I want your view because you’re so optimistic on this. What do you make of what happened today? Do you think it is an odd occurrence? Or is this the start of something that we’re going to have to live with for decades? Where people — this whole thing being disaffected. Tough luck you’re disaffected. You’re living in France. The country is called France. It’s French. Liberty, equality, fraternity. Get with it. If you don’t like living there, move! This idea that somehow France has to adjust to your thinking about what constitutes blasphemy is outrageous.

It’s been amazing to watch the media twist itself into pretzels in order to attack Pamela Geller, Robert Spencer, and the 300 or so people who turned out to participate in the event. With some notable exceptions, it’s vastly different than the media’s reaction to the Charlie Hebdo massacre, with many making the issue of taste somehow more important than an attack on a peaceful demonstration against the very ideology that inspired this attack and many, many others. In my column for The Week, I argue that when the bullets fly, we should not put “free speech aside”:

The issue here should have been the shooting — not the provocative activists who were targeted by the now-deceased shooters. Instead, the media focused its attention mainly on Pamela Geller and Geert Wilders, two of the organizers, for their provocation of violence — as if drawing cartoons, no matter how offensive or hateful, amounted to violence or threats of such.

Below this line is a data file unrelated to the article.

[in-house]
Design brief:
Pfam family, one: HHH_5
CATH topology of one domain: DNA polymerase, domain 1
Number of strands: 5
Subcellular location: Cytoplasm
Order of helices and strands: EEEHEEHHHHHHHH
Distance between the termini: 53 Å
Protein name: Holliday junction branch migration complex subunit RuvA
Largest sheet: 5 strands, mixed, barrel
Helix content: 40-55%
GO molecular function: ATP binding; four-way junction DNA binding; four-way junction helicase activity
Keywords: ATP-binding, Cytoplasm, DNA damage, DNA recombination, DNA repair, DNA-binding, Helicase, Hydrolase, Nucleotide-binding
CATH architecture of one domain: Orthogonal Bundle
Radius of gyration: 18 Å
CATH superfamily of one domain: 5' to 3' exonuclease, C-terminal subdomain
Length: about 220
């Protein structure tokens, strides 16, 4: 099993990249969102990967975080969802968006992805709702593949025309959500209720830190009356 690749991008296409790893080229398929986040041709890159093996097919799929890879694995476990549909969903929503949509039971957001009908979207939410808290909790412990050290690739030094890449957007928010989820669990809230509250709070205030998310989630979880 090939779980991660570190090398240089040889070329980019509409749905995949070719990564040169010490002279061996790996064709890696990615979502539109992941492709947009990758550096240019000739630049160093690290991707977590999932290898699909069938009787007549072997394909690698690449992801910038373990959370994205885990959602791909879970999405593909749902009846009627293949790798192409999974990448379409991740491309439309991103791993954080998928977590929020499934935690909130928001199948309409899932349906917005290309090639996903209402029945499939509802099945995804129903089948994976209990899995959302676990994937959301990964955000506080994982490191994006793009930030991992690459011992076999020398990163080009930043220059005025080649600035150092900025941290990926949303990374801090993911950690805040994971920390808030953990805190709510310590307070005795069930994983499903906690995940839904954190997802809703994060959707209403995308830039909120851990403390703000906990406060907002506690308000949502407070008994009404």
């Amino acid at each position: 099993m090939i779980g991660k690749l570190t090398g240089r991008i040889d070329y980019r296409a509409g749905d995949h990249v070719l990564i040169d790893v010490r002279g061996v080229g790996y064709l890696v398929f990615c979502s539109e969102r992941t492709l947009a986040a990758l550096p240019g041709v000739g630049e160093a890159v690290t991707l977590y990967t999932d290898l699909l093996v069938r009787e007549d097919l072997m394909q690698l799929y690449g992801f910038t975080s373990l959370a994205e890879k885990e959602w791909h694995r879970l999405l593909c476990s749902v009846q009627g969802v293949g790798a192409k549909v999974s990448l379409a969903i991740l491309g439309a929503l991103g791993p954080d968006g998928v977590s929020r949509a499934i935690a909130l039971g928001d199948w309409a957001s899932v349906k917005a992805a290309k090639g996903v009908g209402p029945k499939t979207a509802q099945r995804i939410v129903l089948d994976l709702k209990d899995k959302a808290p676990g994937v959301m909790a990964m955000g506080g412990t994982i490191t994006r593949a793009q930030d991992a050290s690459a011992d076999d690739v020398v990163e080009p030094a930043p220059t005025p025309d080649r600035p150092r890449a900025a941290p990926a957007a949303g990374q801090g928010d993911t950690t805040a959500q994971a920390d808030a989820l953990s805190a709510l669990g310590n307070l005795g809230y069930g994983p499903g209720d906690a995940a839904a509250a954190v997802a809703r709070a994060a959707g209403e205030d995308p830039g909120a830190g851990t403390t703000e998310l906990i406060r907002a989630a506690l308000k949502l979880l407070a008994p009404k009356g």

New York Times foreign correspondent Rukmini Callimachi — who focuses on Islamic extremism — tweeted this in the immediate aftermath:

Isn’t the better question why someone would shoot at a drawing contest? Shouldn’t those who make their living in the First Amendment arena ask that first, and not be so quick to put “free speech aside”? Besides, The Atlantic‘s Jeffrey Goldberg asked, “Who gets to define provocative? … If you don’t like Muhammad cartoon contests, you can hold rallies, give impassioned speeches, write letters and op-eds.”

In other words, free speech becomes the antidote for what people might consider “bad” speech. Protecting the innate human right to question and proclaim is a much higher priority than clucking tongues at those assaulted and killed for doing just that. If we cannot rise to the defense of those who use speech instead of violence to make their point, and instead shrug at violence as an understandable consequence of controversial speech, then we will have incentivized violence and surrendered our own right to speak out against it.

And that’s exactly what they want.

Update: Cameron Gray calls Garland “a liberal’s worst nightmare.” Regarding Callimachi’s tweet, he also says, “After ‘Free Speech Aside’, the rest of her tweet is meaningless.” Exactly.